This is a great piece of information. Usually it's frustrating to try and pray only to find your thoughts wandering aimlessly somewhere in the middle of Tefillah. At least now we know this isn't a failing on our part, rather it's part of the system of prayer.
I think the two reasons Rebbe Nachman brings down are actually the same reason, and its a question of how you look at it. On the one hand you can distract yourself from these distractions, and focus on legitimate tefillah, in which case as far as you're concerned the thoughts came (for reason #2) to distract you so that you may prove your worth by ignoring them.On the other hand, if you choose to raise these thoughts up then you can roll even these seemingly unrelated thoughts back into your tefillot, in which case they came back to you for (reason #1) you to fix.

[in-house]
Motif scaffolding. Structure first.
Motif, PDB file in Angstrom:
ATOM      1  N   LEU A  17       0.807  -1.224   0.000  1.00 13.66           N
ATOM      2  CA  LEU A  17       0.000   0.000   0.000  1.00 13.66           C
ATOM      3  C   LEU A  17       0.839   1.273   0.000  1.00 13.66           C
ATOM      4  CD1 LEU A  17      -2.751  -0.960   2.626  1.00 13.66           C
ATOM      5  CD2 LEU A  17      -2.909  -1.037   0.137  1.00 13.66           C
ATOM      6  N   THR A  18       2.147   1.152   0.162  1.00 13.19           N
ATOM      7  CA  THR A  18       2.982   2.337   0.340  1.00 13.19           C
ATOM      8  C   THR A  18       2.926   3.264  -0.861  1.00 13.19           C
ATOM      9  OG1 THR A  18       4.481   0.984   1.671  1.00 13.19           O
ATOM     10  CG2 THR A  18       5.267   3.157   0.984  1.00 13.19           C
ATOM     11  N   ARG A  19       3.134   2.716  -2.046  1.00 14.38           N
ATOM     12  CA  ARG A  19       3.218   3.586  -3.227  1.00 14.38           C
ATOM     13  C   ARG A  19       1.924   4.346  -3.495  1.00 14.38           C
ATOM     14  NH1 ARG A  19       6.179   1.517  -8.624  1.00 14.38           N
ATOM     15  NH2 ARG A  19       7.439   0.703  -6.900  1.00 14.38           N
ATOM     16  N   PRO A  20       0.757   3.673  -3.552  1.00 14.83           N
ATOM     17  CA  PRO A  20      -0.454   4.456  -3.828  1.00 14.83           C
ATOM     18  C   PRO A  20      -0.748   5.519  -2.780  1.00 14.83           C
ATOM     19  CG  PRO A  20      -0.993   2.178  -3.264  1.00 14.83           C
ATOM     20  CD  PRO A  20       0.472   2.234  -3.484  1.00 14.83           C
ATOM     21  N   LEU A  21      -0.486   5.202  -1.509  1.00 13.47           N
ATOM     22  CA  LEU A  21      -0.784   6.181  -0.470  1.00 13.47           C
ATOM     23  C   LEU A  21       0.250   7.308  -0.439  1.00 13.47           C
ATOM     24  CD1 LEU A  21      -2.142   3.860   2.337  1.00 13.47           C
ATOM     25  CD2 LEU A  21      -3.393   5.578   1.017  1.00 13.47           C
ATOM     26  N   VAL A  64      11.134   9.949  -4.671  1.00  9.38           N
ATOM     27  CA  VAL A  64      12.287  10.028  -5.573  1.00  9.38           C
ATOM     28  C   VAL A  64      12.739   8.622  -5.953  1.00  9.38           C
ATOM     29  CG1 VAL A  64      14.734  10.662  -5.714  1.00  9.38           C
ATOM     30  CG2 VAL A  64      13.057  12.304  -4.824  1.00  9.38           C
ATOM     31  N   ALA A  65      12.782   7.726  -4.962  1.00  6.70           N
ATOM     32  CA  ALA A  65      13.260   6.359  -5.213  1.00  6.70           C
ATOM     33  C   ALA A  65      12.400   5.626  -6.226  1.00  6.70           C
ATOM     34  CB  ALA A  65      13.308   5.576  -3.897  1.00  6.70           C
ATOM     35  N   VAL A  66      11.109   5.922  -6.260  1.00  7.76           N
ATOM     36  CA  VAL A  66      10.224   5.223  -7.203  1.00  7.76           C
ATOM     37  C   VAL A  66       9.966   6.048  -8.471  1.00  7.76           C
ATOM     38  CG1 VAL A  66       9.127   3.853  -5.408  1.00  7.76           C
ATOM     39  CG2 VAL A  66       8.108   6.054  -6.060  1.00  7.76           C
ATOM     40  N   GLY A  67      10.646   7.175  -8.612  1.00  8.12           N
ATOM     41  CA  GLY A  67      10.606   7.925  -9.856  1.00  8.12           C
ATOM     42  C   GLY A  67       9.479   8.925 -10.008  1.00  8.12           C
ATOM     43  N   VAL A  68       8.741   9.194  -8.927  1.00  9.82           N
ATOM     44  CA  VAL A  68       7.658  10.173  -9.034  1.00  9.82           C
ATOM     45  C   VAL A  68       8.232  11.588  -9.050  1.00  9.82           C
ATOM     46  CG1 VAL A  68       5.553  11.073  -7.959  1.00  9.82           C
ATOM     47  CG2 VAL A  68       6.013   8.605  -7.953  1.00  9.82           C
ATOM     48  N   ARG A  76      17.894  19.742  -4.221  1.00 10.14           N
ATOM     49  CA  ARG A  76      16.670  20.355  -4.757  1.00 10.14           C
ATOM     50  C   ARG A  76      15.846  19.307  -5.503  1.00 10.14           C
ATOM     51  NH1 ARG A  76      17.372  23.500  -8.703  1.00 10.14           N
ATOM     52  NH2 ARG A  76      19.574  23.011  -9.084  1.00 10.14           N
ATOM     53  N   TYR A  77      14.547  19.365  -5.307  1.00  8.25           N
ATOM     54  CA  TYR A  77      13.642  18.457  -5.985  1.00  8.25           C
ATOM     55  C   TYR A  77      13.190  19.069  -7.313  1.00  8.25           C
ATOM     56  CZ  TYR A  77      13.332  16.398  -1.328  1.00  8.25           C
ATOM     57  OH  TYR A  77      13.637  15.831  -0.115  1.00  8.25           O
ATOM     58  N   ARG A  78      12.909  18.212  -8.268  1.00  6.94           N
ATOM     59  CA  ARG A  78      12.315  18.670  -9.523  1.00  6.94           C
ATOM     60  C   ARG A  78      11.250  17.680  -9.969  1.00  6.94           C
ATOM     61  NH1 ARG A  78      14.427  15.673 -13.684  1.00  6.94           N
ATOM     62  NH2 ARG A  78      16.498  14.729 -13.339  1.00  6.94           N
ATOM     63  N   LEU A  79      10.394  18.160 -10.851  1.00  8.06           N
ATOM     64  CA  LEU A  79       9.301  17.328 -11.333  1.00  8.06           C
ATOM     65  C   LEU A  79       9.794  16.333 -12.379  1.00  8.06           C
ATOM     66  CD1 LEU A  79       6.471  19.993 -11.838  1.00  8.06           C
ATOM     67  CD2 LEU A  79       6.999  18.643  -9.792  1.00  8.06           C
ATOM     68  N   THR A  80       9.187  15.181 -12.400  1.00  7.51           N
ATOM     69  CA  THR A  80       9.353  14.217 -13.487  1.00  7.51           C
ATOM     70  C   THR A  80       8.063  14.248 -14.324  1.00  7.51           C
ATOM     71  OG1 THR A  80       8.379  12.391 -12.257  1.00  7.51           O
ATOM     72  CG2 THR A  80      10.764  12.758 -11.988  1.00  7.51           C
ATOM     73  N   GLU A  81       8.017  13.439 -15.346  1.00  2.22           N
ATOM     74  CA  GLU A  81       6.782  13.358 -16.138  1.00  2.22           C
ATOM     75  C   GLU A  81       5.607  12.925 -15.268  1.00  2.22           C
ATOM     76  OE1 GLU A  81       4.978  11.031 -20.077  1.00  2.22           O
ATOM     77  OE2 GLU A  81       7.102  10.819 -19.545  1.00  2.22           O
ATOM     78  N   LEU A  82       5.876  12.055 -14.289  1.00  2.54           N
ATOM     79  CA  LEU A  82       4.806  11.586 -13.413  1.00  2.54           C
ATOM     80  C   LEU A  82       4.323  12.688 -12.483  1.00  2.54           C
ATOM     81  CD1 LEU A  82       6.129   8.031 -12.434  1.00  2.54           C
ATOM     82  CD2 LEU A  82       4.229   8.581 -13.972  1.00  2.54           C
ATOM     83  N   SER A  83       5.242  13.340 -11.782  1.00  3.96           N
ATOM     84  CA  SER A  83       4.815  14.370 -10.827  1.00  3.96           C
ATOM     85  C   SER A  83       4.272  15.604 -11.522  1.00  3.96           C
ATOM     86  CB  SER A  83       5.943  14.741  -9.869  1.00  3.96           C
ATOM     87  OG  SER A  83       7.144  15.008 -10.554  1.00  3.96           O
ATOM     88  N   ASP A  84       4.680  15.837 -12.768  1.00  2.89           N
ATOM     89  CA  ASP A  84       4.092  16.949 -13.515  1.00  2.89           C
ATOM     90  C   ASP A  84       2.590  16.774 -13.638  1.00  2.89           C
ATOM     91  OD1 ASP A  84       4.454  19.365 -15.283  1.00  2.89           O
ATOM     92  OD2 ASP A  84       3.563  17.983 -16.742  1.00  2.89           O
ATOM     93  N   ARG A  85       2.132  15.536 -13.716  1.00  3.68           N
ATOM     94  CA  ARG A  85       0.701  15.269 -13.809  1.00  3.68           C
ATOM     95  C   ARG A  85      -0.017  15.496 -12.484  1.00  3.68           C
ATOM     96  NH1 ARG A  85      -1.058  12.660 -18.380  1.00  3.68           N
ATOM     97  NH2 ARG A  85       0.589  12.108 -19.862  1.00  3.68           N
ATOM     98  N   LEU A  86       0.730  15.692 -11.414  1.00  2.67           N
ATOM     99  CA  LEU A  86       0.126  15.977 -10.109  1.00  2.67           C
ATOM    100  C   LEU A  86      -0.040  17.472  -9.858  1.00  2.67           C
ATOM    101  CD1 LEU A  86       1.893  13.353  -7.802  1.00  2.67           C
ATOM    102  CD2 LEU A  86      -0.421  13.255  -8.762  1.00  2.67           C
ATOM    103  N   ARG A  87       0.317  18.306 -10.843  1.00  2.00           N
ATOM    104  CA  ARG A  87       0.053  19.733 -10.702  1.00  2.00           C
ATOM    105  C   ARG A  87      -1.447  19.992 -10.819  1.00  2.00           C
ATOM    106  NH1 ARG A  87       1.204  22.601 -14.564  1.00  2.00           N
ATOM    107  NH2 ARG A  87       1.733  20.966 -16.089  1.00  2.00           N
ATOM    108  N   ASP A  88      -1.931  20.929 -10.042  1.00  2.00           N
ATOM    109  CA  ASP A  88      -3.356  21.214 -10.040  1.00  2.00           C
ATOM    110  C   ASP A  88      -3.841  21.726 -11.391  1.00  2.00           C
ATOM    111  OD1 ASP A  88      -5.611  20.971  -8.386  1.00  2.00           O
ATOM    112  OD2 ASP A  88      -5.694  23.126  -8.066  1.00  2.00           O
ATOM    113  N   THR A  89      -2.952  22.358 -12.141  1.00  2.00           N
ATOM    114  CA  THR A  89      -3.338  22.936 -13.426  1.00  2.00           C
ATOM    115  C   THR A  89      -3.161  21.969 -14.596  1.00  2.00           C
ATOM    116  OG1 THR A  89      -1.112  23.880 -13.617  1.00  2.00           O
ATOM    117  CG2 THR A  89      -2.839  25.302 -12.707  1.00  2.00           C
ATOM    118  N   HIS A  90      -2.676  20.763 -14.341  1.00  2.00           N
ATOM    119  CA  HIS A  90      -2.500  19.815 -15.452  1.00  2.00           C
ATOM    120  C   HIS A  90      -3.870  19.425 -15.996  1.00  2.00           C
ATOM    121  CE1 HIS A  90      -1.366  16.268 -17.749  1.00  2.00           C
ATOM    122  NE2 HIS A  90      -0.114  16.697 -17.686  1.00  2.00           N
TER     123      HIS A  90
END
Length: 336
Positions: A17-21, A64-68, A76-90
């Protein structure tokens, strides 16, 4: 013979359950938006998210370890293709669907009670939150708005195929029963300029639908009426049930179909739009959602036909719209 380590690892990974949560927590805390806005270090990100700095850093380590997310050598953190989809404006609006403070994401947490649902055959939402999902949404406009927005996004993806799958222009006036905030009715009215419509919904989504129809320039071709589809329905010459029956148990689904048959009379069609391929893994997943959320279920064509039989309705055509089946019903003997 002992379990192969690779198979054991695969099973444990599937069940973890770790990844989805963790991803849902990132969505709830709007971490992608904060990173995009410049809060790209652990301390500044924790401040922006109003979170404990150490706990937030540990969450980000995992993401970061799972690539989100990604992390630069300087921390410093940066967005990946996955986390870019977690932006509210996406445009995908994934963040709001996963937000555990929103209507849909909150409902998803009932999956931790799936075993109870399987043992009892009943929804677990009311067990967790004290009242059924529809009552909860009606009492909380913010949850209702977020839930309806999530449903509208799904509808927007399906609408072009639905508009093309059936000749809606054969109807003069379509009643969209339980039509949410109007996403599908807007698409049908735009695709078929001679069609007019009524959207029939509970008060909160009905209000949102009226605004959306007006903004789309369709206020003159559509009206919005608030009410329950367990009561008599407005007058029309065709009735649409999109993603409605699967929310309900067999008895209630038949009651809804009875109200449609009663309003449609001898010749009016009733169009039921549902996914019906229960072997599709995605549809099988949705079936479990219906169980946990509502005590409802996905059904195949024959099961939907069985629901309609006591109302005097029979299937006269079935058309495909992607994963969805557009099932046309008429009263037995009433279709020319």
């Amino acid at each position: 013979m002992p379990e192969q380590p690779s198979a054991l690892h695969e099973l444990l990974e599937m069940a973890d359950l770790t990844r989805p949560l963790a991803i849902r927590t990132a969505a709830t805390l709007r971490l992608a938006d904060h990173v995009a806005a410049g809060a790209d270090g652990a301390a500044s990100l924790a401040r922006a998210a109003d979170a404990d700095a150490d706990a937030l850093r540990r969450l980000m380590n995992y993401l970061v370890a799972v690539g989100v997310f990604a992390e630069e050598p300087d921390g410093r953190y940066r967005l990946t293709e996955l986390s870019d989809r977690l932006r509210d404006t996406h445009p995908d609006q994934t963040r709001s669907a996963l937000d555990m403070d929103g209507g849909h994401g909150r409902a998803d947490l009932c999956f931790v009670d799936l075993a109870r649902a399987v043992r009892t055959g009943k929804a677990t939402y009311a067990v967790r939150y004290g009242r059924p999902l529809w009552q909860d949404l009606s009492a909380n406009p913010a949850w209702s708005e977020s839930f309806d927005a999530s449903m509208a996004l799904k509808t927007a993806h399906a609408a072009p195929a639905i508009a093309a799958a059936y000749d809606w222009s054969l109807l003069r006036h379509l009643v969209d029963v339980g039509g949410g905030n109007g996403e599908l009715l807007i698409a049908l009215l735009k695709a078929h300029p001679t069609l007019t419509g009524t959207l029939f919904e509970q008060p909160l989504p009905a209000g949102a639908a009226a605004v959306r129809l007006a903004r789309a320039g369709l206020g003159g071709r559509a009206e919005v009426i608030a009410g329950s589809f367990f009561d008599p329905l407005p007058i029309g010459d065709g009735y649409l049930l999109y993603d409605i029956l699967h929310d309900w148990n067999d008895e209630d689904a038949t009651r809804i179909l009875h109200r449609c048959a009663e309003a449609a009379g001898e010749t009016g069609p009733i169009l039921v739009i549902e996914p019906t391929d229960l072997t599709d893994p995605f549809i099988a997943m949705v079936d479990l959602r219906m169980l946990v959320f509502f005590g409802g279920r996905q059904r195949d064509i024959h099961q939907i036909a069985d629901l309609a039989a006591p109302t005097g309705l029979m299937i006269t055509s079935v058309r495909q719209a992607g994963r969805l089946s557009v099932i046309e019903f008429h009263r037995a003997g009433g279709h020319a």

Now, rather than thinking you've failed by being distracted in your tefillah, you can view it as a new challenge to overcome, so you can take your tefillah deeper.